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  • It is safe to say that few people like the sound of leaf blowers, unless, of course, they are in the property-care business, and then they sound like money. That conflict is at the core of a renewed call for limits, which are now under consideration by the East Hampton Village Board. Residents want less noise, especially on weekends when they are likely to be most irritated by the vexing on-and-off buzz; landscapers say that their work is all but impossible without them.
  • Along the East Coast, we thought we already had this fight settled. Now, after the Trump administration opened almost all United States federal waters to oil exploration and drilling, the battle to protect the oceans, as well as to slow global warming, must be taken to another level.
  • Plenty of able candidates could be found in the local Democratic Party to fill an open East Hampton Town Board seat for a year. It might not be the best option.
  • There is a numbing ubiquity to plastic water bottles, despite their general pointlessness and woeful environmental impact. We were reminded of this by a photograph taken at a recent Springs School Board meeting, which showed one Nestlé Pure Life 16.9-ounce water bottle placed in front of each member’s seat. The Springs School Board is hardly the only group at which water in plastic is seen; plastic bottles were deployed at a League of Women Voters candidates’ debate, as they are at many public and private events.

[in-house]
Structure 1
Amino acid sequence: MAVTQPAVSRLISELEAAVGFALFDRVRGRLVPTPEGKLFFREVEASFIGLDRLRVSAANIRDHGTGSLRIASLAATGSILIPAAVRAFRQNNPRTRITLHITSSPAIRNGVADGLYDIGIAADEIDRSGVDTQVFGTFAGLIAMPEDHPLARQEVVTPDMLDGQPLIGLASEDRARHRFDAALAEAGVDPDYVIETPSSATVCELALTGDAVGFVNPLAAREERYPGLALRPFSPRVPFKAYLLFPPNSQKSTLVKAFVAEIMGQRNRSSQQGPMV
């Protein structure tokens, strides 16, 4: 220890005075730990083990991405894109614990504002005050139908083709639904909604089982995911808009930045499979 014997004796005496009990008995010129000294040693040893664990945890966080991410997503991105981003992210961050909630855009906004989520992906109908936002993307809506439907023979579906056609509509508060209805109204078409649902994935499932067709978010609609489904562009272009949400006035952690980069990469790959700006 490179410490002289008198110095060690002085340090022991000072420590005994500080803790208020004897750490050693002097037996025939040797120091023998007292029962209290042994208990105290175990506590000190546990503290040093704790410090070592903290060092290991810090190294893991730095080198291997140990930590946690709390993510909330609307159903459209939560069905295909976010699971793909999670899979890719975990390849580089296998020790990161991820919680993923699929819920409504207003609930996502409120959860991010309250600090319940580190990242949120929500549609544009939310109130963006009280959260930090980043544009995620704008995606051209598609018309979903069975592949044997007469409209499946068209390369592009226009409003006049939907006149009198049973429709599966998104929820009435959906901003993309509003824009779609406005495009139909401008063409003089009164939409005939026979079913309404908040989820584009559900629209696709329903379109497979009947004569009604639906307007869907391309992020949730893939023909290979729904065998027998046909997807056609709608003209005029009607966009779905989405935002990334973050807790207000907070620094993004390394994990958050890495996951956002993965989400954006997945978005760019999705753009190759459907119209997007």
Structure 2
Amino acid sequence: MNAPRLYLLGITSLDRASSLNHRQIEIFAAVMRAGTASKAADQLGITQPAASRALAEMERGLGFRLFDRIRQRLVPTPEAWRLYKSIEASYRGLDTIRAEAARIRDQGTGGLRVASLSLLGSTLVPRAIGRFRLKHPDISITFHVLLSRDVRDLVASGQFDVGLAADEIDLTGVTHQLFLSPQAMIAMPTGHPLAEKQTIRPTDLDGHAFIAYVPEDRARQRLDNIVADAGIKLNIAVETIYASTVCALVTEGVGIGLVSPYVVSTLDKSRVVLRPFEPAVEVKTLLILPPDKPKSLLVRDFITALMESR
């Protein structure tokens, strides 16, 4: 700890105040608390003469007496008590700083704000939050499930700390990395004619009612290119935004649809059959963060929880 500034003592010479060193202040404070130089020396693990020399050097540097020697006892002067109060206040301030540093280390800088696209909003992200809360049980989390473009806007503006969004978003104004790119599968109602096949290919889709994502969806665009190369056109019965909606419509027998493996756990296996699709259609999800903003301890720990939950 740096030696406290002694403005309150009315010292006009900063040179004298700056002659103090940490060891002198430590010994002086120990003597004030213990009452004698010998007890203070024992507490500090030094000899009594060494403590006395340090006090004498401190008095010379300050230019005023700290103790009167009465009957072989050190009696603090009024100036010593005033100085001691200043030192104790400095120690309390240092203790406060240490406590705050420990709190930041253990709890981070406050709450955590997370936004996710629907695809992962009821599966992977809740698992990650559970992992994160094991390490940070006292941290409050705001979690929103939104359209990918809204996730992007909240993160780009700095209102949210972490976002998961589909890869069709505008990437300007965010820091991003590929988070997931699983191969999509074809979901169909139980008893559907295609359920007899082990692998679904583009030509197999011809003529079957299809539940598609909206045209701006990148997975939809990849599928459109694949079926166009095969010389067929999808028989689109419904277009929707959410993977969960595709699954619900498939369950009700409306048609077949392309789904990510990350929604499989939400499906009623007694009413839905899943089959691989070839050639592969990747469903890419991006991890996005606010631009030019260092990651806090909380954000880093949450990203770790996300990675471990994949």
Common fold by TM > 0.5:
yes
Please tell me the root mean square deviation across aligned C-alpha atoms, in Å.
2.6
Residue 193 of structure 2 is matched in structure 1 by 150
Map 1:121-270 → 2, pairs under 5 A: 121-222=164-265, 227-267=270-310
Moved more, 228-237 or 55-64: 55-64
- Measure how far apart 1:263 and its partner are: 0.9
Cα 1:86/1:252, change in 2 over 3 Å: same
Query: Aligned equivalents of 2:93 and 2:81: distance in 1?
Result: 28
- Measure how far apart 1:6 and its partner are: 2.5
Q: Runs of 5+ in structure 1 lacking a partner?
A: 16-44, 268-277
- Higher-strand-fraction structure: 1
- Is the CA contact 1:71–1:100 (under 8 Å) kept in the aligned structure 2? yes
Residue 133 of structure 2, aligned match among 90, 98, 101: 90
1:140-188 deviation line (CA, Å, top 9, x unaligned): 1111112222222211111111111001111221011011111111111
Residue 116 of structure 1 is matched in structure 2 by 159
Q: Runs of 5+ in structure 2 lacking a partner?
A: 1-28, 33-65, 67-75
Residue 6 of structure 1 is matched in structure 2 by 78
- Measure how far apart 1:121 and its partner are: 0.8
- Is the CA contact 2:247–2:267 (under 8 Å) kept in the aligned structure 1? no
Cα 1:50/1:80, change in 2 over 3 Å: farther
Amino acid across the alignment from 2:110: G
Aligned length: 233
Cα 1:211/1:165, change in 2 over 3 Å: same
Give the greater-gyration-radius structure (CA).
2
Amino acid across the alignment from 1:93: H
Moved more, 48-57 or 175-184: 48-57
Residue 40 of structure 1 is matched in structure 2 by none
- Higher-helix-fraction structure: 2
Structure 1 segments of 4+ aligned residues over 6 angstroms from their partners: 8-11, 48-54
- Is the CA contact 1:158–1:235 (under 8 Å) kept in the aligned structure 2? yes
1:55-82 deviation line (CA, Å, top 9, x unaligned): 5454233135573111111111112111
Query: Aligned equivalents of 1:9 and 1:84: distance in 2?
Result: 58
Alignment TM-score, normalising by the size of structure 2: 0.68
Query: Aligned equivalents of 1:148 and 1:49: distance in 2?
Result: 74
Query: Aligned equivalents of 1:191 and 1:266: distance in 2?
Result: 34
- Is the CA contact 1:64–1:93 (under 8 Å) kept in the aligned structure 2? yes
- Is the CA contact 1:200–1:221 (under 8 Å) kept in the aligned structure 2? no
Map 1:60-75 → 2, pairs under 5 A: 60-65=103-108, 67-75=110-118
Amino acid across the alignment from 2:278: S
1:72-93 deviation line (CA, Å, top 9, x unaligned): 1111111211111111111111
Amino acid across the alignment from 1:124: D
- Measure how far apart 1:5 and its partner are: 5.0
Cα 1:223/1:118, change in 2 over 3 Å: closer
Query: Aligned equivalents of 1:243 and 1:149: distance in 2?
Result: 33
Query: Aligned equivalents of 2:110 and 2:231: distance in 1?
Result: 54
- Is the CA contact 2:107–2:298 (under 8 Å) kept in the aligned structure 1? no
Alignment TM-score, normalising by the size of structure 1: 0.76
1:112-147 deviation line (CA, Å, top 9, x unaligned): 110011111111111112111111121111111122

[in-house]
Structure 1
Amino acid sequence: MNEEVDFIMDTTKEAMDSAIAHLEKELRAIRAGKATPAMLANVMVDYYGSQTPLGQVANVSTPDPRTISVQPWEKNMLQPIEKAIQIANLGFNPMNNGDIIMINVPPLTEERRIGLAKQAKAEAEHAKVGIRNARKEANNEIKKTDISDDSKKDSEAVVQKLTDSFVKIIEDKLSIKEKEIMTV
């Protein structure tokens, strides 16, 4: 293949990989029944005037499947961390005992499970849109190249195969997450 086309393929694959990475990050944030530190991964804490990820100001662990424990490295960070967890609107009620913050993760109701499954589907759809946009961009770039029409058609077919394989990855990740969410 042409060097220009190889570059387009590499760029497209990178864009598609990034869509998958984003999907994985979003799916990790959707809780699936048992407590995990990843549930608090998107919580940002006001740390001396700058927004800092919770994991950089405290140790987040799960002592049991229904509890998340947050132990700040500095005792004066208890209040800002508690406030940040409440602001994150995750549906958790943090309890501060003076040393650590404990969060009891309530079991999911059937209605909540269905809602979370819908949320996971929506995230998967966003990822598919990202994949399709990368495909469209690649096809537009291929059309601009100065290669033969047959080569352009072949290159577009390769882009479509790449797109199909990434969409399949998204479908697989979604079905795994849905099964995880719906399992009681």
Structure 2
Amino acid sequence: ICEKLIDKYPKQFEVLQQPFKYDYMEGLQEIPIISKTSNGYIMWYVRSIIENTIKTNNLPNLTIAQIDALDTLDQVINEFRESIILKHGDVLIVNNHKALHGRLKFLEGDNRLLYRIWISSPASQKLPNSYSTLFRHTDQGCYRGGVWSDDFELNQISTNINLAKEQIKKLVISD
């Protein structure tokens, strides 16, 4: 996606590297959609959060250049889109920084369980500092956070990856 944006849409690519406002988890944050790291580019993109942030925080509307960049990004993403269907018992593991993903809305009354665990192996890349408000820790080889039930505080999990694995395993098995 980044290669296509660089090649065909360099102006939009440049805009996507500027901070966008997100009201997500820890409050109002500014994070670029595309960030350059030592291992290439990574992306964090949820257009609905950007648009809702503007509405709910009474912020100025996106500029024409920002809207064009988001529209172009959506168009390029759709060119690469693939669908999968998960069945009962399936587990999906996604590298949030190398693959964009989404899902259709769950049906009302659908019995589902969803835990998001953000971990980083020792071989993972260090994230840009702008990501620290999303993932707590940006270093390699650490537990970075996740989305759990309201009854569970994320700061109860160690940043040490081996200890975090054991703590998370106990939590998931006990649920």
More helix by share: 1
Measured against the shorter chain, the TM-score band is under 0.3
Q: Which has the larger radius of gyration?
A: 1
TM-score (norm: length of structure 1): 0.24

• Cognizant of changes to downtowns nationwide and locally, the East Hampton Village Board has signaled that it is willing to consider new rules that might bring more life to Main Street and Newtown Lane. This is welcome, though any policy shifts would have to be made very carefully in order to maintain or even improve the commercial district’s character.
  • The East Hampton Town Board acted properly last Thursday in agreeing to the possible sale of bonds to cover the cost of work on a taxiway at East Hampton Airport. However, another airport question — whether to increase the height of its control tower and move it to another position — is far stickier.
  • The East Hampton Town Board acted properly last Thursday in agreeing to the possible sale of bonds to cover the cost of work on a taxiway at East Hampton Airport. However, another airport question is far stickier.
  • There is little argument that something should be done about wastewater in Montauk. The question is whether the $32.8 million initial project is the correct approach.
  • Two big — and very different — fund-raising efforts reach important junctures this month. In Sag Harbor, an $8 million goal that would enable a partnership to rebuild the burned movie house and turn it into a genuine arts hub is within reach.
  • The East Hampton Village Board has been looking at some quality of life issues as the new year approaches and as another booming summer season appears likely. One issue overdue for attention is the matter of permits for large private gatherings and special events.